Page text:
Blood sport has been an important part of cultures across the globe for centuries. The Romans congregated in the Coliseum to watch gladiators murder each other for spectacle, the Spanish come in droves to watch matadors challenge and flay wild bulls, and Mexican cartels are forcing their kidnap victims to fight to the death. As long as people have been gathering to watch spectacles, those spectacles have included violent displays that tickle the innate human desire to watch things get killed. Although the physical toll of being a Medieval Times jouster is a teeny tiny bit less extreme than the activities mentioned above, it requires far more skill and dedication than an outsider would guess.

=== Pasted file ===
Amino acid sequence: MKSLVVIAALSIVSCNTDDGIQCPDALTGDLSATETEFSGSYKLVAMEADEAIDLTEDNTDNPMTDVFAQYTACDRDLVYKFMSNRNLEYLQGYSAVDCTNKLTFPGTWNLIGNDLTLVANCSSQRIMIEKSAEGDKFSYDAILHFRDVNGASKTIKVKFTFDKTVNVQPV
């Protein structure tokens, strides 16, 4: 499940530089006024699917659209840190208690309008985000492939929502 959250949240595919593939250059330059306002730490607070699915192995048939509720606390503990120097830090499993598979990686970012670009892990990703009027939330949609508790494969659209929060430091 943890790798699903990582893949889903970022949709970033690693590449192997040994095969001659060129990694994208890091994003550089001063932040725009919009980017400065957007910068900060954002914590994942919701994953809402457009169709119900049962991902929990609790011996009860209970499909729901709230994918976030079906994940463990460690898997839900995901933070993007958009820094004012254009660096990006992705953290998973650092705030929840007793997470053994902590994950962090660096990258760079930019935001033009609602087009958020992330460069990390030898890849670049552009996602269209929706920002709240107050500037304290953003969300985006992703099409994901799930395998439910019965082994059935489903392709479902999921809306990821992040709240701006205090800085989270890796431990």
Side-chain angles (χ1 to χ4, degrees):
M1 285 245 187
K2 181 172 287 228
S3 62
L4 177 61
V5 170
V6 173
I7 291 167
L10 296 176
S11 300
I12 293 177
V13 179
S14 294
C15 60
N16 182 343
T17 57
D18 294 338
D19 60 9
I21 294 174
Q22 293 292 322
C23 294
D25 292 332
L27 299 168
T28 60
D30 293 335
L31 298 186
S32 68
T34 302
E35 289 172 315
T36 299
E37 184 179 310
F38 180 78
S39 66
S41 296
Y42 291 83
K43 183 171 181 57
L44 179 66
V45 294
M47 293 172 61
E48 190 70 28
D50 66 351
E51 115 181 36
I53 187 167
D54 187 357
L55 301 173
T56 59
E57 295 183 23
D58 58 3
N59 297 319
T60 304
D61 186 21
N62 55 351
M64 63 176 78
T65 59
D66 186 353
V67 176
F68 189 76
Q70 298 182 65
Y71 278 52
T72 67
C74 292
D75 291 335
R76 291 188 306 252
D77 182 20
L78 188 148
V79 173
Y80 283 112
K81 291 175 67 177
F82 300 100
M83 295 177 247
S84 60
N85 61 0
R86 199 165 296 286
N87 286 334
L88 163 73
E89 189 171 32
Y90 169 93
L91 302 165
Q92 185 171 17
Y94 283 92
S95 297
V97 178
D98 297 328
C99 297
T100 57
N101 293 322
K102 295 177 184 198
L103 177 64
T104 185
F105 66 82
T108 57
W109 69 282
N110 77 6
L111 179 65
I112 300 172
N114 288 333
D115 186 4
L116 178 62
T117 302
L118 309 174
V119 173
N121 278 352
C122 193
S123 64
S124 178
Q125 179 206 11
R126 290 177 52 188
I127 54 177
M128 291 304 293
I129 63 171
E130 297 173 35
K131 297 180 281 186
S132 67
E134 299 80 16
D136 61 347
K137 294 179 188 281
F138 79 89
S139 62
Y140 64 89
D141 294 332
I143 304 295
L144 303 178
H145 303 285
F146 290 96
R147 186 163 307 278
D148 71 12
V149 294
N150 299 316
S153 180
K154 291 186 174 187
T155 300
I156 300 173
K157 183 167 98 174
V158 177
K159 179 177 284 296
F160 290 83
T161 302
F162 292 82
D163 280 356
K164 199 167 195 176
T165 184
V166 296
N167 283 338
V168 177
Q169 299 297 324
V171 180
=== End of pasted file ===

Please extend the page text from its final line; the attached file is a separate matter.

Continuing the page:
Max Shkvorets was a friend of mine in high school. Part of the drama clique, he was the kind of happy-go-lucky kid that bordered on annoying most of the time thanks to his perpetually cheerful attitude. I remember him trying out for our school’s improv team (yes, my school had an improv team) and absolutely bombing the audition. He loved acting, but just didn’t have the confidence at the time. He was a good guy to be around, but like most friendships at that age, it didn’t survive graduation. One day a few years down the line, a mutual acquaintance told me that of all the dramatic hopefuls we studied with, he was one of the very few who managed to get a paycheck for his craft. Not only that, but his day job now required him to wear plate armor and ride a horse—my friend Max had become a knight.